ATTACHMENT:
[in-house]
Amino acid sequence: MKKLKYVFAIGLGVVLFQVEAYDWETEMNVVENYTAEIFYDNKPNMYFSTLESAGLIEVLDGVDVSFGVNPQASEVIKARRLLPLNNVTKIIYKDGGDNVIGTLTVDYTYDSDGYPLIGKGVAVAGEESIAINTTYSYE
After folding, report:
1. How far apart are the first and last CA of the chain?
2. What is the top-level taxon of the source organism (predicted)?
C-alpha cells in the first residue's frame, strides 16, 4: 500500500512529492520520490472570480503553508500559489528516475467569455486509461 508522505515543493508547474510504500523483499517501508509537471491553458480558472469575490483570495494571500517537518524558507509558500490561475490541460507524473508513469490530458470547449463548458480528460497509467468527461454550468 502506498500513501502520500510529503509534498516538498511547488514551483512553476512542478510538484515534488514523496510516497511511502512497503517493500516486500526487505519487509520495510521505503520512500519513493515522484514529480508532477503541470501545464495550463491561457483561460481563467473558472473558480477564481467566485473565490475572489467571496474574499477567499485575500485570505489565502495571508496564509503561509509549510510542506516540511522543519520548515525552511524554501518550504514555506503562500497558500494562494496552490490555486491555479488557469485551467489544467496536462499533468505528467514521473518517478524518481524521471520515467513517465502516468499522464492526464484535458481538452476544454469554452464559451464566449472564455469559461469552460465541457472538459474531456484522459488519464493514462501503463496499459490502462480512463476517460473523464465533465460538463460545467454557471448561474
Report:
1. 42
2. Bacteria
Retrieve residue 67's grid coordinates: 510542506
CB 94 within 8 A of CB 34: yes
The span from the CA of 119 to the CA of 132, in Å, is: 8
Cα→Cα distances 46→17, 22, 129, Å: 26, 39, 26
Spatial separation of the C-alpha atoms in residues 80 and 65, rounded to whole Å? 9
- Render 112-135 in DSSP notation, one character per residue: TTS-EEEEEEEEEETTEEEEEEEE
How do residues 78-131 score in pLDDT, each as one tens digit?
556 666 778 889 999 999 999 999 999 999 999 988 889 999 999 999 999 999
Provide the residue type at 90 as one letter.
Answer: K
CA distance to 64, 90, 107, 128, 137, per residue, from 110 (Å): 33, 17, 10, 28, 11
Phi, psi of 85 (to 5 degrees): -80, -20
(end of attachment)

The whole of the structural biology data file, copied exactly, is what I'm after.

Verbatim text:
[in-house]
Amino acid sequence: MKKLKYVFAIGLGVVLFQVEAYDWETEMNVVENYTAEIFYDNKPNMYFSTLESAGLIEVLDGVDVSFGVNPQASEVIKARRLLPLNNVTKIIYKDGGDNVIGTLTVDYTYDSDGYPLIGKGVAVAGEESIAINTTYSYE
After folding, report:
1. How far apart are the first and last CA of the chain?
2. What is the top-level taxon of the source organism (predicted)?
C-alpha cells in the first residue's frame, strides 16, 4: 500500500512529492520520490472570480503553508500559489528516475467569455486509461 508522505515543493508547474510504500523483499517501508509537471491553458480558472469575490483570495494571500517537518524558507509558500490561475490541460507524473508513469490530458470547449463548458480528460497509467468527461454550468 502506498500513501502520500510529503509534498516538498511547488514551483512553476512542478510538484515534488514523496510516497511511502512497503517493500516486500526487505519487509520495510521505503520512500519513493515522484514529480508532477503541470501545464495550463491561457483561460481563467473558472473558480477564481467566485473565490475572489467571496474574499477567499485575500485570505489565502495571508496564509503561509509549510510542506516540511522543519520548515525552511524554501518550504514555506503562500497558500494562494496552490490555486491555479488557469485551467489544467496536462499533468505528467514521473518517478524518481524521471520515467513517465502516468499522464492526464484535458481538452476544454469554452464559451464566449472564455469559461469552460465541457472538459474531456484522459488519464493514462501503463496499459490502462480512463476517460473523464465533465460538463460545467454557471448561474
Report:
1. 42
2. Bacteria
Retrieve residue 67's grid coordinates: 510542506
CB 94 within 8 A of CB 34: yes
The span from the CA of 119 to the CA of 132, in Å, is: 8
Cα→Cα distances 46→17, 22, 129, Å: 26, 39, 26
Spatial separation of the C-alpha atoms in residues 80 and 65, rounded to whole Å? 9
- Render 112-135 in DSSP notation, one character per residue: TTS-EEEEEEEEEETTEEEEEEEE
How do residues 78-131 score in pLDDT, each as one tens digit?
556 666 778 889 999 999 999 999 999 999 999 988 889 999 999 999 999 999
Provide the residue type at 90 as one letter.
Answer: K
CA distance to 64, 90, 107, 128, 137, per residue, from 110 (Å): 33, 17, 10, 28, 11
Phi, psi of 85 (to 5 degrees): -80, -20